COLUMBIA, Mo. – Students from Chicago and the rest of Illinois are increasingly calling the University of Missouri home.
The Chicago Tribune reported that Illinois students now make up more than 20 percent of Mizzou's freshman class. That's up from just 6 percent in 2000.
A recent Tribune analysis of U.S. Department of Education data found that nearly one-fourth of all first-time Illinois college students left the state, compared to 17 percent a decade earlier.
The increase is part of the Columbia school's aggressive recruiting strategy, which includes two full-time recruiters in Chicago. A Mizzou fraternity recently added a position of Illinois rush chair just to recruit students from the Windy City.
"I had no idea how many people came here from Chicago," said freshman Madi Ahsmann, 18, from Crystal Lake, who has a Blackhawks towel hanging in the room she shares with a student from Kildeer.
Of the approximately 30,000 college freshmen who left Illinois, half ended up in Iowa, Indiana, Missouri or Wisconsin. Illinois in turn imported about 17,000 students from elsewhere in the country.
Diane Dean, an Illinois State University education professor who studies college student migration, said the growing exodus has implications state lawmakers shouldn't ignore.
"Other schools cherry-pick – and they are recruiting them with money," Dean said. "These aren't just any students who are leaving. These are the highly talented students. We are not talking about 20 people who went to the University of Denver because they loved skiing."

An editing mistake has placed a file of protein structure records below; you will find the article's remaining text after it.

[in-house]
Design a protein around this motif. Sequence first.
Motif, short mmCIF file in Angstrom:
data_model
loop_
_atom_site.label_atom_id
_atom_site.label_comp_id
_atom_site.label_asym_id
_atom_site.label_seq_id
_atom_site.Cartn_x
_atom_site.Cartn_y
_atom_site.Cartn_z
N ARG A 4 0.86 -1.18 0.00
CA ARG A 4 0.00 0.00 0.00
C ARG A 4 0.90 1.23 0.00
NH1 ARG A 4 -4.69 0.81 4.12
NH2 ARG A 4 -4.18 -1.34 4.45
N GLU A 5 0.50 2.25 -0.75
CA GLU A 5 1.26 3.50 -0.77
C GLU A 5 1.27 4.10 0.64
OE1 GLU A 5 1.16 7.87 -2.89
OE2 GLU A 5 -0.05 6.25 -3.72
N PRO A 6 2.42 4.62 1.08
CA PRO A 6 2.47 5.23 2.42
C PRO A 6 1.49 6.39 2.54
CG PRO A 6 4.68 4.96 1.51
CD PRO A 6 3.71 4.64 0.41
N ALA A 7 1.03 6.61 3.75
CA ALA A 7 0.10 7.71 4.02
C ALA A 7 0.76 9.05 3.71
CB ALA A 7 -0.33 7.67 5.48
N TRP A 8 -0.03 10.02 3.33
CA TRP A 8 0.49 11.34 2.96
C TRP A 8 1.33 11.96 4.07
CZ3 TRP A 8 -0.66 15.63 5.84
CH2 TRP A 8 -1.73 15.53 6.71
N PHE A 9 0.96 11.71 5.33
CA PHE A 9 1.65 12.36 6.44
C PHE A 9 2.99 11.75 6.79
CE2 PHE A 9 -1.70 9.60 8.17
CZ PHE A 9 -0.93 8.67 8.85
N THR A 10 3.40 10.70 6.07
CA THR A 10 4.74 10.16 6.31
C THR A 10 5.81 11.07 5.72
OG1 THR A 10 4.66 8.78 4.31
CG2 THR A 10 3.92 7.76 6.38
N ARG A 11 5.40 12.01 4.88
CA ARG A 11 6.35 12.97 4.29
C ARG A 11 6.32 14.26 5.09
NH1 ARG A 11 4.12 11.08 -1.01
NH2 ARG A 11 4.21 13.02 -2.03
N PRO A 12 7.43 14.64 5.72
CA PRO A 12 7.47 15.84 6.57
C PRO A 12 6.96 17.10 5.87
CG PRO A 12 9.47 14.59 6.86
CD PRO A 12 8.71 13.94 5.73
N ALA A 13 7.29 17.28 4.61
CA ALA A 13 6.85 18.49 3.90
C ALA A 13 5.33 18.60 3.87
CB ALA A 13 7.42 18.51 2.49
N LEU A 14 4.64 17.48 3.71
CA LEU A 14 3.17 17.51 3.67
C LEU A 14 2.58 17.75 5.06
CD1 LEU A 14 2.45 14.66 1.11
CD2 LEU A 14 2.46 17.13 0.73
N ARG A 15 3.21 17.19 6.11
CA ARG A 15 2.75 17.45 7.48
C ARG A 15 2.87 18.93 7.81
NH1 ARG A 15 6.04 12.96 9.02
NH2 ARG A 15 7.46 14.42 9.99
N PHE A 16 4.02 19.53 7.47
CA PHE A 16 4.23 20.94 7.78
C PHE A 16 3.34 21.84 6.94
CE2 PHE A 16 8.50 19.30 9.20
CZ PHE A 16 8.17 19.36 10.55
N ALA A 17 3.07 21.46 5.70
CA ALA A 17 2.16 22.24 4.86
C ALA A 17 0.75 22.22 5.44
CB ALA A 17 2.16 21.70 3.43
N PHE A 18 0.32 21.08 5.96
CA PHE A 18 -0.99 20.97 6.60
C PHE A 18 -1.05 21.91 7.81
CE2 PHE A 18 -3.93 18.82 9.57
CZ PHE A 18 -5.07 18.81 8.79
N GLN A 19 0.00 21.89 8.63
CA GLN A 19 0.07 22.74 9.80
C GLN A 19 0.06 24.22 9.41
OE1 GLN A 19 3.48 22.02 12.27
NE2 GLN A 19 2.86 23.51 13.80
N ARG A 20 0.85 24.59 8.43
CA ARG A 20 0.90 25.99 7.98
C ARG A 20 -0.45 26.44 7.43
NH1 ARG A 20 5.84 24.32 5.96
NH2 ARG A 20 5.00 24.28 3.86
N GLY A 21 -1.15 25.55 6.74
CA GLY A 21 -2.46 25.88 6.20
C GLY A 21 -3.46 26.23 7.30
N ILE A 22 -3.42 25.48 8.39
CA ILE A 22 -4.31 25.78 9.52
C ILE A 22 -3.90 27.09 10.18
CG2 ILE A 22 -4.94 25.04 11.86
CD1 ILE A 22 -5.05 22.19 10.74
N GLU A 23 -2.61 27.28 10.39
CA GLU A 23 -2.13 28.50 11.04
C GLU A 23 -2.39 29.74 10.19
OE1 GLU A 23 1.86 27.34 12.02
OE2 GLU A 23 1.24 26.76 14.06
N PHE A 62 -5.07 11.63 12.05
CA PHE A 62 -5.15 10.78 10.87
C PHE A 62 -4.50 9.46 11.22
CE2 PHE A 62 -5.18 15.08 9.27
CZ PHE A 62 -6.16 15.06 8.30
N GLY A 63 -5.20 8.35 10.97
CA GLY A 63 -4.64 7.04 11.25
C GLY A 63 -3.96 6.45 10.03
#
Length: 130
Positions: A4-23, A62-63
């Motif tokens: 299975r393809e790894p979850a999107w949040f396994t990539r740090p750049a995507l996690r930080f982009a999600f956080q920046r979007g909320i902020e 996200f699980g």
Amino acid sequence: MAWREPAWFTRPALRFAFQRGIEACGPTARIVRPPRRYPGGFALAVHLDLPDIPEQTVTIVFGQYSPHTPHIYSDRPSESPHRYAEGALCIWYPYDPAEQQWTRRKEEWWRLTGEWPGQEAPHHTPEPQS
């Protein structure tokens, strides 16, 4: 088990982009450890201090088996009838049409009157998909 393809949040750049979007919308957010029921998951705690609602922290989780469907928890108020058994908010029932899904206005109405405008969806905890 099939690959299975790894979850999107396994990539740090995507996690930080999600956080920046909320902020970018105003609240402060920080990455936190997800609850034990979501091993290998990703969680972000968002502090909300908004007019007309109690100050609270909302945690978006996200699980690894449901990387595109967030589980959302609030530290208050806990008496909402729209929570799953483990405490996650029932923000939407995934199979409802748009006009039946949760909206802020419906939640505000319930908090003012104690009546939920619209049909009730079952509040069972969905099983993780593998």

Freshmen enrollment at the University of Missouri's flagship campus included 1,370 from Illinois, a record 21 percent of the class. Ten years ago, the school enrolled just 318 freshmen from Illinois.
The Missouri approach includes recognition of increasing competition and a steeper price tag at Illinois' flagship public school, the University of Illinois at Urbana-Champaign.
Missouri has long drawn students from throughout the country to its well-known journalism school. But a decade ago, university officials realized they needed to broaden their applicant pool as the number of Missouri high school graduates was expected to decline. Officials turned their focus to Illinois, creating a Chicago-specific admissions brochure with information about automatic tuition scholarships for high-achieving students from other states.
"It has all been deliberate," said Ann Korschgen, the university's vice provost for enrollment management.
Zac Shenderovsky, 17, a senior from Mundelein, was won over by Mizzou on a recent tour.
"It just has this good feel to it," he said.
Shenderovsky's father, Irv, liked something the school is less likely to advertise: Non-Missouri students can qualify relatively easily for in-state tuition, saving $12,000 off the $22,440 annual nonresident tuition. To do so, students are required to live in Missouri for 12 consecutive months, earn at least $2,000 a year, have a Missouri driver's license and voter registration card and meet a few other requirements. And nonresident students who score at least a 27 on the ACT receive automatic $2,000 to $5,500 scholarships
The influx of students can lead to some culture clashes and friendly ribbing.
"They always talk about the Chicago hot dogs like they're something special," joked senior Alon Gilboa, a fraternity member from St. Louis. "They bring their strange foods and strange customs. I guess we have to get used to it now."